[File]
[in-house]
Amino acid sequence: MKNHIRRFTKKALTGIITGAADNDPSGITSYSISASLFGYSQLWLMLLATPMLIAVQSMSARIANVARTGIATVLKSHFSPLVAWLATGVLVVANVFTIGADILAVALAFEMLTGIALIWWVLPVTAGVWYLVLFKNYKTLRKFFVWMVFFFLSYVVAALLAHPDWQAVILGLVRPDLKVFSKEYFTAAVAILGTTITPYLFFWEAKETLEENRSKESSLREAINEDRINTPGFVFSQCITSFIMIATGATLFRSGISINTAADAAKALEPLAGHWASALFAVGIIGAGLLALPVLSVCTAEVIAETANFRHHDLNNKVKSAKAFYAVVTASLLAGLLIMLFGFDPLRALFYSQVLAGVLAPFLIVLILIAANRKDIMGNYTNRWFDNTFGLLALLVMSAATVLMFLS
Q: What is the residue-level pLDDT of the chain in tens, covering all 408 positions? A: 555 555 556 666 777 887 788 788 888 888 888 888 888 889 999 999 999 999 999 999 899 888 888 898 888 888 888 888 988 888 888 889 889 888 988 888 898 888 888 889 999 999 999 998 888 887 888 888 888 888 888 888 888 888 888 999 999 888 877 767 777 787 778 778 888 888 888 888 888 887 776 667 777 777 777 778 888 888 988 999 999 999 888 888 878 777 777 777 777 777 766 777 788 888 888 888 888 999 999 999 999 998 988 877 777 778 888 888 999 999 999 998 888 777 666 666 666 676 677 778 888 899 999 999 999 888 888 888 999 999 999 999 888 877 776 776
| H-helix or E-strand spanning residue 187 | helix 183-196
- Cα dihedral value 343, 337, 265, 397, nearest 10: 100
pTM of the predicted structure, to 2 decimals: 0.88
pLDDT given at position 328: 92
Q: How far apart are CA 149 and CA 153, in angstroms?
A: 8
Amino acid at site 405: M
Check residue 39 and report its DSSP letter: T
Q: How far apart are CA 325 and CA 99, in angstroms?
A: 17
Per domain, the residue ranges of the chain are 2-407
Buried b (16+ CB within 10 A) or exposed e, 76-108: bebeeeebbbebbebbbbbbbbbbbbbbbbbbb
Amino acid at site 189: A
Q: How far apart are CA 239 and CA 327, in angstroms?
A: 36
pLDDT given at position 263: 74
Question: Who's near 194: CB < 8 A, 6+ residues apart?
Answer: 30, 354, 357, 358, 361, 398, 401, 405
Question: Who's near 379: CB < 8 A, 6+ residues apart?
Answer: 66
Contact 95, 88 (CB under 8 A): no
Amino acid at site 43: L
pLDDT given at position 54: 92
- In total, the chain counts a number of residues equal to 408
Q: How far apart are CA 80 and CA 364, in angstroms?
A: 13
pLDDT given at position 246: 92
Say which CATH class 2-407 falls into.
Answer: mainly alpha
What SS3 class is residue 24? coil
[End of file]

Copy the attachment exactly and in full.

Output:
[in-house]
Amino acid sequence: MKNHIRRFTKKALTGIITGAADNDPSGITSYSISASLFGYSQLWLMLLATPMLIAVQSMSARIANVARTGIATVLKSHFSPLVAWLATGVLVVANVFTIGADILAVALAFEMLTGIALIWWVLPVTAGVWYLVLFKNYKTLRKFFVWMVFFFLSYVVAALLAHPDWQAVILGLVRPDLKVFSKEYFTAAVAILGTTITPYLFFWEAKETLEENRSKESSLREAINEDRINTPGFVFSQCITSFIMIATGATLFRSGISINTAADAAKALEPLAGHWASALFAVGIIGAGLLALPVLSVCTAEVIAETANFRHHDLNNKVKSAKAFYAVVTASLLAGLLIMLFGFDPLRALFYSQVLAGVLAPFLIVLILIAANRKDIMGNYTNRWFDNTFGLLALLVMSAATVLMFLS
Q: What is the residue-level pLDDT of the chain in tens, covering all 408 positions? A: 555 555 556 666 777 887 788 788 888 888 888 888 888 889 999 999 999 999 999 999 899 888 888 898 888 888 888 888 988 888 888 889 889 888 988 888 898 888 888 889 999 999 999 998 888 887 888 888 888 888 888 888 888 888 888 999 999 888 877 767 777 787 778 778 888 888 888 888 888 887 776 667 777 777 777 778 888 888 988 999 999 999 888 888 878 777 777 777 777 777 766 777 788 888 888 888 888 999 999 999 999 998 988 877 777 778 888 888 999 999 999 998 888 777 666 666 666 676 677 778 888 899 999 999 999 888 888 888 999 999 999 999 888 877 776 776
| H-helix or E-strand spanning residue 187 | helix 183-196
- Cα dihedral value 343, 337, 265, 397, nearest 10: 100
pTM of the predicted structure, to 2 decimals: 0.88
pLDDT given at position 328: 92
Q: How far apart are CA 149 and CA 153, in angstroms?
A: 8
Amino acid at site 405: M
Check residue 39 and report its DSSP letter: T
Q: How far apart are CA 325 and CA 99, in angstroms?
A: 17
Per domain, the residue ranges of the chain are 2-407
Buried b (16+ CB within 10 A) or exposed e, 76-108: bebeeeebbbebbebbbbbbbbbbbbbbbbbbb
Amino acid at site 189: A
Q: How far apart are CA 239 and CA 327, in angstroms?
A: 36
pLDDT given at position 263: 74
Question: Who's near 194: CB < 8 A, 6+ residues apart?
Answer: 30, 354, 357, 358, 361, 398, 401, 405
Question: Who's near 379: CB < 8 A, 6+ residues apart?
Answer: 66
Contact 95, 88 (CB under 8 A): no
Amino acid at site 43: L
pLDDT given at position 54: 92
- In total, the chain counts a number of residues equal to 408
Q: How far apart are CA 80 and CA 364, in angstroms?
A: 13
pLDDT given at position 246: 92
Say which CATH class 2-407 falls into.
Answer: mainly alpha
What SS3 class is residue 24? coil